My “rape prevention guidelines” most likely would have worked with him. But I don’t want to live like that! People would rightfully think I was rude, paranoid and misanthropic, and I don’t want to treat people that way. Despite what male rape apologists and some ultra-conservative Christians have to say, I’m with my feminist friends on this one: most men are not rapists, and most men can and will control themselves no matter what careless and stupid mistakes I might be making, or what “mixed signals” I might inadvertently be sending. If the world was made up of “most men”, it would be a much safer place. In the meantime, I will be cautious enough to lower my risk of being raped, but I refuse to isolate myself from half of humanity or treat every man in the world as if he is a rapist.

Why I refuse to participate in slut-shaming | Survivor Saturday

For starters, what is it? “Slut-shaming” was coined to describe the attacking, criticizing, demeaning, or “shaming” of a girl or woman for transgressing the sexual conduct rules of a particular group. I’m sure anyone who has grown up in America can think of plenty of examples.

But wait, Rebecca, what are you saying? Are we just supposed to be accepting of any and all sexual behavior? Are we supposed to throw all standards of morality and decency out the window? Are you saying that self-esteem and tolerance is more important than obeying God? Don”t you believe in the Bible any more?

Excellent questions, and I will attempt to address them while explaining the reasons for my commitment, before God, not to engage in slut-shaming:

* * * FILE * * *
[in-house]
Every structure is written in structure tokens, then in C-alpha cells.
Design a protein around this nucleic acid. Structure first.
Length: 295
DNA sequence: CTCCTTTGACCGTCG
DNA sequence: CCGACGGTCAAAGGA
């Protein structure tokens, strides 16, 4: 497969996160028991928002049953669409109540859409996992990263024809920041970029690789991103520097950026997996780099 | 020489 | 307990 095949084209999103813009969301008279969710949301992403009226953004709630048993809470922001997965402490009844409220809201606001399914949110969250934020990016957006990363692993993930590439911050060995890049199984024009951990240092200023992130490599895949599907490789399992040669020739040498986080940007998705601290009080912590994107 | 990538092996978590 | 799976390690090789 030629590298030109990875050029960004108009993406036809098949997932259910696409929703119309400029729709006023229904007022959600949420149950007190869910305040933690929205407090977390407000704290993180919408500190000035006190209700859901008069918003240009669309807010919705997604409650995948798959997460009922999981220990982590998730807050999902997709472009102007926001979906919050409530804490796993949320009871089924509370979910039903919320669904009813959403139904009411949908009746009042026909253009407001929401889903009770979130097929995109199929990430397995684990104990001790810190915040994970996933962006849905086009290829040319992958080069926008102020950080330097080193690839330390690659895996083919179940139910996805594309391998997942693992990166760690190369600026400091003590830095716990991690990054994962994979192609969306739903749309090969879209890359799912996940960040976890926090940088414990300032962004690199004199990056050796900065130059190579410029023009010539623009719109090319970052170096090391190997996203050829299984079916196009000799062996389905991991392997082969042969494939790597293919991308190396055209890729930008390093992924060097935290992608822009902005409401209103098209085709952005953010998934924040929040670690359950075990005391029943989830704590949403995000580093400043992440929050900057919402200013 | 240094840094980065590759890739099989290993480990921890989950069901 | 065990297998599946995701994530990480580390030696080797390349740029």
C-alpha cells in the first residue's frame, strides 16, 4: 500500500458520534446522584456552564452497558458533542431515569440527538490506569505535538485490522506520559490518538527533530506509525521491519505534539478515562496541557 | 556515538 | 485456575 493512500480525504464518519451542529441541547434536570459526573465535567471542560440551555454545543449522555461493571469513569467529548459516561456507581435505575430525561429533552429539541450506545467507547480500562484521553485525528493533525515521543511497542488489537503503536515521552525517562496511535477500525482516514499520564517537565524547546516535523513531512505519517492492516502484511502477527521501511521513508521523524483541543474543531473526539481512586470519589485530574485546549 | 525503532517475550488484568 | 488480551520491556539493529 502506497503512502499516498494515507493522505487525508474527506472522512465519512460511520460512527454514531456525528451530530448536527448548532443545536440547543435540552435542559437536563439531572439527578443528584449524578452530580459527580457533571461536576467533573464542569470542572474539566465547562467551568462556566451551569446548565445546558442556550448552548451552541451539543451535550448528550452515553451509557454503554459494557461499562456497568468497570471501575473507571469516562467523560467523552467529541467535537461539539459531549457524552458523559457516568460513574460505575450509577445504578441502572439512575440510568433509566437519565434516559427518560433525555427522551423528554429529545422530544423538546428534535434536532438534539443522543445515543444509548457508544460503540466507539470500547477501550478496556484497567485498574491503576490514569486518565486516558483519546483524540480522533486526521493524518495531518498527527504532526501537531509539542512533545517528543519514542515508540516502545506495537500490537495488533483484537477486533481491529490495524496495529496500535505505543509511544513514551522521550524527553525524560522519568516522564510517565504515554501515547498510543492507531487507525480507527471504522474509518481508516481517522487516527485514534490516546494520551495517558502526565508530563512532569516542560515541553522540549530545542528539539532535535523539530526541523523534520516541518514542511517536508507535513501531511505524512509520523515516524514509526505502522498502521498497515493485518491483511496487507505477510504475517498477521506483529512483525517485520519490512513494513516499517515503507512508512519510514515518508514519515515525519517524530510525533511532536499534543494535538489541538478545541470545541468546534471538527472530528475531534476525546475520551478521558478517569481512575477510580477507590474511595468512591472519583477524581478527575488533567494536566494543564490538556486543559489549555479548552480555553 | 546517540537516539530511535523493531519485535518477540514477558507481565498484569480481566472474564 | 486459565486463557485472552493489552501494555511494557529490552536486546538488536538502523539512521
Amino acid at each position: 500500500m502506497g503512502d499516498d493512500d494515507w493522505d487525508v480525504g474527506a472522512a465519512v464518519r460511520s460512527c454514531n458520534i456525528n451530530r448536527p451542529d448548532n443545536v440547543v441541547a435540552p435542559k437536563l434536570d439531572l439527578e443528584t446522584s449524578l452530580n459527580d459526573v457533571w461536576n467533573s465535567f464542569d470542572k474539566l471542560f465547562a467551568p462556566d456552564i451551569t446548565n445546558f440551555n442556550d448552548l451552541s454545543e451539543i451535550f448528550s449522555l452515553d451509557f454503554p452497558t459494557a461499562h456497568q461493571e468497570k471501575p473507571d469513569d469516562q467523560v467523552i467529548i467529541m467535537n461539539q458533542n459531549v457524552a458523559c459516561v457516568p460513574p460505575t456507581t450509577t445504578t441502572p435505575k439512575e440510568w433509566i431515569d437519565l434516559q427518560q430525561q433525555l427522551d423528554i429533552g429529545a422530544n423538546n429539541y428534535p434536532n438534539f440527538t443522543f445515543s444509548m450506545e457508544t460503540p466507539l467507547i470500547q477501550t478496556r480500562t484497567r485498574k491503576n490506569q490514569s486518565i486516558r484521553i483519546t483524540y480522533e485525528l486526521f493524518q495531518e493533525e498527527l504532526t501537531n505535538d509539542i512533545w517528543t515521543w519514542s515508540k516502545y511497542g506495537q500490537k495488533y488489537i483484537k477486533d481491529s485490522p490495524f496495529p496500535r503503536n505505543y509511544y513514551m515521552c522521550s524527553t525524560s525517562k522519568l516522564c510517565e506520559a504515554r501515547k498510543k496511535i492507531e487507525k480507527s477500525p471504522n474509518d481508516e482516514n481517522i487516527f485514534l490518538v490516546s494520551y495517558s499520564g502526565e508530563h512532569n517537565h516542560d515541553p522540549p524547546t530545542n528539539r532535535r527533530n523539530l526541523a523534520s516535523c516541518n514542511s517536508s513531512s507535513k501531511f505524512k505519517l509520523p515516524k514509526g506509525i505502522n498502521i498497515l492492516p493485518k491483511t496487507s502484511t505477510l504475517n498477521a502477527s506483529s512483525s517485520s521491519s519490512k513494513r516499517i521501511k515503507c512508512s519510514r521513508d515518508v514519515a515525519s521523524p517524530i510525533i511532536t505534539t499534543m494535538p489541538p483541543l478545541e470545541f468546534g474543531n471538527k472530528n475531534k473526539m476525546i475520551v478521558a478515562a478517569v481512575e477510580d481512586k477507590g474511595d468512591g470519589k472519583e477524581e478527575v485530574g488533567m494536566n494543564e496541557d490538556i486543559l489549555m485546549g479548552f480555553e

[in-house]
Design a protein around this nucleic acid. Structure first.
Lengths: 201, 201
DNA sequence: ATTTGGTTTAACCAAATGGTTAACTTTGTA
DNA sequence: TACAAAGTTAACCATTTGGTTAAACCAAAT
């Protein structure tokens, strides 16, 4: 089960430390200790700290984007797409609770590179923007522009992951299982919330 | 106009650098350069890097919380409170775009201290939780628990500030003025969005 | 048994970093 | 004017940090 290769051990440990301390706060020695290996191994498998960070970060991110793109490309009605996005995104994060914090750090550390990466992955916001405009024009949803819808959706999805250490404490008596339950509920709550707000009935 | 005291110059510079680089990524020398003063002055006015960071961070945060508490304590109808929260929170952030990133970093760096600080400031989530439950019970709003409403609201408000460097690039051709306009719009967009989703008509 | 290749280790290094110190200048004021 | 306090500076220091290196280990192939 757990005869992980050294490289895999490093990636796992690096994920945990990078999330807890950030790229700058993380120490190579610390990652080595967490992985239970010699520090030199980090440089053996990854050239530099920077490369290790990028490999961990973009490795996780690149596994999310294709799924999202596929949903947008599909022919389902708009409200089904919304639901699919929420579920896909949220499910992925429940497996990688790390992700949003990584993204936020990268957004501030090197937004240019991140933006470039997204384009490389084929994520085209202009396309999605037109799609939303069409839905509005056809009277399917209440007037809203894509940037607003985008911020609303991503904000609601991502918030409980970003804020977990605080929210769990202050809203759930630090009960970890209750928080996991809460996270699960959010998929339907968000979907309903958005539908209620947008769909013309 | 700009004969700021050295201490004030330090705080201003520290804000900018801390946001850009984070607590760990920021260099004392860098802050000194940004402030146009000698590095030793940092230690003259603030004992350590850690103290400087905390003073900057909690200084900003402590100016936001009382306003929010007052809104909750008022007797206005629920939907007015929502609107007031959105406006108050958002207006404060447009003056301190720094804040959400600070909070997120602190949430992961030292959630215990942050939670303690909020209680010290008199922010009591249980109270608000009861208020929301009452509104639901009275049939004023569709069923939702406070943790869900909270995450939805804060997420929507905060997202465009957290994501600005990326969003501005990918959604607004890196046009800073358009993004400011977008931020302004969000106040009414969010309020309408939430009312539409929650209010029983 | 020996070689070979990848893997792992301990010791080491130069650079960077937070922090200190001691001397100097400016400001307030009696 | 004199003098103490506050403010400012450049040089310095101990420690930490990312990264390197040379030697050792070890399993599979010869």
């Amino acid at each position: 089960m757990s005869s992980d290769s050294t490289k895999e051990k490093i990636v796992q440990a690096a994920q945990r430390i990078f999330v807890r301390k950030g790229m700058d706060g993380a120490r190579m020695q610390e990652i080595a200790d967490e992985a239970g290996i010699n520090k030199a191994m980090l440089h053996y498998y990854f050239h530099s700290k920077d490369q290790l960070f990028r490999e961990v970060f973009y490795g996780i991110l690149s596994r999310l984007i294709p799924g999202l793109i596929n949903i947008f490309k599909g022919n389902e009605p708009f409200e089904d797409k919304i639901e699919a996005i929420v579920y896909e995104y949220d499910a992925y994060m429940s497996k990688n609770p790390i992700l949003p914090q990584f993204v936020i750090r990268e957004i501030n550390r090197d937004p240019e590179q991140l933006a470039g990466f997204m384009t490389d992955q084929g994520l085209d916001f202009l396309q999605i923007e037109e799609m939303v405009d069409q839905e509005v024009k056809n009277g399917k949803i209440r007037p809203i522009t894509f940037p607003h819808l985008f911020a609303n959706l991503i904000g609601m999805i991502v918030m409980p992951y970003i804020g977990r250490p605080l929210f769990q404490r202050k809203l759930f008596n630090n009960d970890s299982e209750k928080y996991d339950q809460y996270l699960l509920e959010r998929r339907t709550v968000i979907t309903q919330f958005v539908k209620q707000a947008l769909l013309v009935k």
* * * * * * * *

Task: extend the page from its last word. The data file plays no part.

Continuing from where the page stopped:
• The Bible does not command us to engage in slut-shaming. We are never told to respond to sin with gossip, name-calling, derision, mocking, or any other attempts to humiliate and degrade someone. Instead, the Bible says, “Brethren, even if anyone is caught in any trespass, you who are spiritual, restore such a one in a spirit of gentleness; each one looking to yourself, so that you too will not be tempted.” (Galatians 6:1 NASB) Keep that verse in mind, because it is the very antithesis of slut-shaming.
  • Jesus did not engage in anything even remotely similar to slut-shaming. He treated all women with dignity and compassion, offering redemption and reconciliation rather than condemnation. That is why one of the most extravagant acts of worship and loving devotion recorded in Scripture came from a woman described as a “sinner”. (See Luke 7:37-50.)
  • Slut-shaming imposes an anti-Biblical standard. Before you jump to conclusions and exclaim, “Aha! I knew it! Another so-called Christian who thinks it’s OK to run around having sex with anyone and everyone!” — hear me out. First, read a pertinent passage from the Bible: